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on May 31, 2014 in Wildlife Photography

Real Slow can be Real Cool

DBSOA1072

Water birds, surf birds, while the both have H2O in common, one is still water and one is moving water. If you shoot with a fast shutter speed, in your photo the still water and moving water are both frozen looking the same. Freezing the wave breaking on the shore, folks know it’s a wave. Blurring that same wave breaking on the shore and folks feel that water. Which do you want, them knowing or them feeling, the brain or the heart? If you’re like me, you’re going straight for the heart.

DBSOA1075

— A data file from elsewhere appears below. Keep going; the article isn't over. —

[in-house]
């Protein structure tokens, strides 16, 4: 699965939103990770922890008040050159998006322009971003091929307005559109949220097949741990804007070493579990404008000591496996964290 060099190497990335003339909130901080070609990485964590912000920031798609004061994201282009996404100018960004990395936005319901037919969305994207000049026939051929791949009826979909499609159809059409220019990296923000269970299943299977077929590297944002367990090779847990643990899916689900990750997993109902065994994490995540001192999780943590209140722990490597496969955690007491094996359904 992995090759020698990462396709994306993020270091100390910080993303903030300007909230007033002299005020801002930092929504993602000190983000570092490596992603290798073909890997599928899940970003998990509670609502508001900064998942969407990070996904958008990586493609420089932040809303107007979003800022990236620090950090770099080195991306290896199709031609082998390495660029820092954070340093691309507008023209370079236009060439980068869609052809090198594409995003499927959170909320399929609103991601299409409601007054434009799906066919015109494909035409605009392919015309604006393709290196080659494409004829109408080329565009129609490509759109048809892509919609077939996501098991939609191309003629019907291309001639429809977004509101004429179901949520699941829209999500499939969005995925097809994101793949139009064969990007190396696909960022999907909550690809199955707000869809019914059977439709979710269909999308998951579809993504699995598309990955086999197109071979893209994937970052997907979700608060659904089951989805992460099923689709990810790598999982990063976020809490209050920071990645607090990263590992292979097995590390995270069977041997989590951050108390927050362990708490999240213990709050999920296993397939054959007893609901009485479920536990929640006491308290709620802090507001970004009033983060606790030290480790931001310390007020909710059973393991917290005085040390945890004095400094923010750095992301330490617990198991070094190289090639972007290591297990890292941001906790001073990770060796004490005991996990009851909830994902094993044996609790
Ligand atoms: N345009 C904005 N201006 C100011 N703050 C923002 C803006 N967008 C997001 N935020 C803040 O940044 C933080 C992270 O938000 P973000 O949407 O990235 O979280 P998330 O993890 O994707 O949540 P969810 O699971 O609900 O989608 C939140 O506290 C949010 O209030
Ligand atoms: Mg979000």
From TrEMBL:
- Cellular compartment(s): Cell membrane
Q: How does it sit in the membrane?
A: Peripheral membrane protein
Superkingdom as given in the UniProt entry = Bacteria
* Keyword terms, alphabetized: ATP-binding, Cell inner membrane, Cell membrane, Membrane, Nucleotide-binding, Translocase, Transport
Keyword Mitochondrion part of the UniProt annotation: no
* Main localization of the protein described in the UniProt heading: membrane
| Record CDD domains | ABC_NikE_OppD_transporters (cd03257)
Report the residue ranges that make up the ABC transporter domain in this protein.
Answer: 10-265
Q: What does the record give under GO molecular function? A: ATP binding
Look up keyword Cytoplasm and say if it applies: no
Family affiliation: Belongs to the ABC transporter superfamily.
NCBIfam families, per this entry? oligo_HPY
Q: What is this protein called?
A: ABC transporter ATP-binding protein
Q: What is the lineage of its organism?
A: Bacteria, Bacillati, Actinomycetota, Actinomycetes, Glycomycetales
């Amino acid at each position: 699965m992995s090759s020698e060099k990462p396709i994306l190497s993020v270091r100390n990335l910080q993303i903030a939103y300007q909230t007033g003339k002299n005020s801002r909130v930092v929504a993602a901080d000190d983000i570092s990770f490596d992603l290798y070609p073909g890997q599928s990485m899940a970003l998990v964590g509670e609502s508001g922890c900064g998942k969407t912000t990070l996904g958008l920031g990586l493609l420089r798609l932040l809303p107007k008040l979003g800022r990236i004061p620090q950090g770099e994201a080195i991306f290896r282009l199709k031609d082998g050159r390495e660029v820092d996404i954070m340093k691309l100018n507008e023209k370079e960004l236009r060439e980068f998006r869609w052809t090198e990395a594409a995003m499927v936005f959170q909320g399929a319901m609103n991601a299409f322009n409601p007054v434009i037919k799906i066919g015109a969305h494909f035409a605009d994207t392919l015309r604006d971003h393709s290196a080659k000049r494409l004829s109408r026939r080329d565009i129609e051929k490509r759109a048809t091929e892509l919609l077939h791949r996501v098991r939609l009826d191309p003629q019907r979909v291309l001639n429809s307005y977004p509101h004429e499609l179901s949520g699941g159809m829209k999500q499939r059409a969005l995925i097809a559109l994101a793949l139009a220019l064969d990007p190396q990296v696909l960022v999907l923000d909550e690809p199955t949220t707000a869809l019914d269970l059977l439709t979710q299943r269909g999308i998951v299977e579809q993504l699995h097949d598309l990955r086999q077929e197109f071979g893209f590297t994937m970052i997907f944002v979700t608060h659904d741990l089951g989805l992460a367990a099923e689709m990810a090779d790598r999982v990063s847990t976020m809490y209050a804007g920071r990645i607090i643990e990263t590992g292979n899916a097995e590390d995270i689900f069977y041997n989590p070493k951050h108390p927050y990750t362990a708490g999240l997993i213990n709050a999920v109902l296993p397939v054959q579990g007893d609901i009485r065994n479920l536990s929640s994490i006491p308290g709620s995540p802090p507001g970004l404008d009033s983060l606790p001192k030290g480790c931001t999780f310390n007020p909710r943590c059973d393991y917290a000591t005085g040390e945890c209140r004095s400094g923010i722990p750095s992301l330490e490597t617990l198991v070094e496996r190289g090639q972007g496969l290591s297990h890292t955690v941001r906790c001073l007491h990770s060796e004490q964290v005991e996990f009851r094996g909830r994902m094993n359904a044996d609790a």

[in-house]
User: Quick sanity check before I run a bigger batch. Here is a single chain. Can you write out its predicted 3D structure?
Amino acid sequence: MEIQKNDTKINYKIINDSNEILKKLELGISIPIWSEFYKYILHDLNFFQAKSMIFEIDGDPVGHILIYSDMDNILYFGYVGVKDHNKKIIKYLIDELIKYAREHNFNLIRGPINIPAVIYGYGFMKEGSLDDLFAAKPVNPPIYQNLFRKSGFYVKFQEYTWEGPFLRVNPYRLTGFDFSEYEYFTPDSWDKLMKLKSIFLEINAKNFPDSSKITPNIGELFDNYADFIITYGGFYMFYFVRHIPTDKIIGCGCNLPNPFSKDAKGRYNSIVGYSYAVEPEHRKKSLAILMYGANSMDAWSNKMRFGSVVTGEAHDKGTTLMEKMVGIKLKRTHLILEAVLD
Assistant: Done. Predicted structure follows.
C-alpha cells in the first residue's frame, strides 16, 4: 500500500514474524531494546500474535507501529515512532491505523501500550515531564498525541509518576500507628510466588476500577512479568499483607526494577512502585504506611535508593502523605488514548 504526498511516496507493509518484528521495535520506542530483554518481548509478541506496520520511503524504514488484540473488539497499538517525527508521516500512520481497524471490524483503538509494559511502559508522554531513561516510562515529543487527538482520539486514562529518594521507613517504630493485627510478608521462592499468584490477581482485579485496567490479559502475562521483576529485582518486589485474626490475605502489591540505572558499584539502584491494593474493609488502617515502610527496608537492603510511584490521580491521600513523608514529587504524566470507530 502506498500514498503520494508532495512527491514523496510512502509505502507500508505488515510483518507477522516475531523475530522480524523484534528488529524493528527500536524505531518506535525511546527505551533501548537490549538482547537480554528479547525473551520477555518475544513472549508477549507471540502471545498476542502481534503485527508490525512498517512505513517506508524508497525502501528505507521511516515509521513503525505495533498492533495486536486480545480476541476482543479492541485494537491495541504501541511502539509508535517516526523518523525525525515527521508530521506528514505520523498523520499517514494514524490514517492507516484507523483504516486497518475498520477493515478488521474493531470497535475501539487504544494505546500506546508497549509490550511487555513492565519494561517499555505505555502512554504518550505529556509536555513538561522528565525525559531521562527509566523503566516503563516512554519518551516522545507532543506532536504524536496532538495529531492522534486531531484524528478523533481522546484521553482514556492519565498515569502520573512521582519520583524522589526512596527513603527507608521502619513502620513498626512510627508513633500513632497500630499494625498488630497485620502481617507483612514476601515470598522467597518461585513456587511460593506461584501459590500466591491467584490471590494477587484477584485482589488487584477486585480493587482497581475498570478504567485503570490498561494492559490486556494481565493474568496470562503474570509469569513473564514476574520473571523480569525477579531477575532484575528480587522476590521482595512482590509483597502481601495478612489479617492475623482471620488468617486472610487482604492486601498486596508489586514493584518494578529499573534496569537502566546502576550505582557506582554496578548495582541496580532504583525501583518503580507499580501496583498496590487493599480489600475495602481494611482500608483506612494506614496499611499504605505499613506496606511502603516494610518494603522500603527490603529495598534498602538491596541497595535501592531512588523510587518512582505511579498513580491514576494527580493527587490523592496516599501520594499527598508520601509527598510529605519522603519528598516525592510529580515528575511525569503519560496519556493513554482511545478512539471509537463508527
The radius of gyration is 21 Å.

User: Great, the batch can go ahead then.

Lying on the beach again this morning, great way to spend a weekend. I was all pumped for some great bird photography. The sun hasn’t even come up yet and there I was with my usual rig D4s / 800mm on the Panning Plate. The American Oystercatcher you see here was walking up the shore foraging so like usual, I put myself in its path and it all worked out, he’d walk right up to me. Now here’s the deal, I wanted to communicate the movement in my still image. I wanted the oystercatcher stride in my still. I want the moving water to touch the heart. So I shot at ISO 100, 1/25 f8, and shot, and shot and shot. It is a low percentage shot but by shooting at the peak of action of its stride, you increase your odds. Now this isn’t for everyone. Some want everything frozen and tack sharp like a livemount in a museum and that’s just cool. Me, I want the life oozing through the frame. Real slow can be real cool.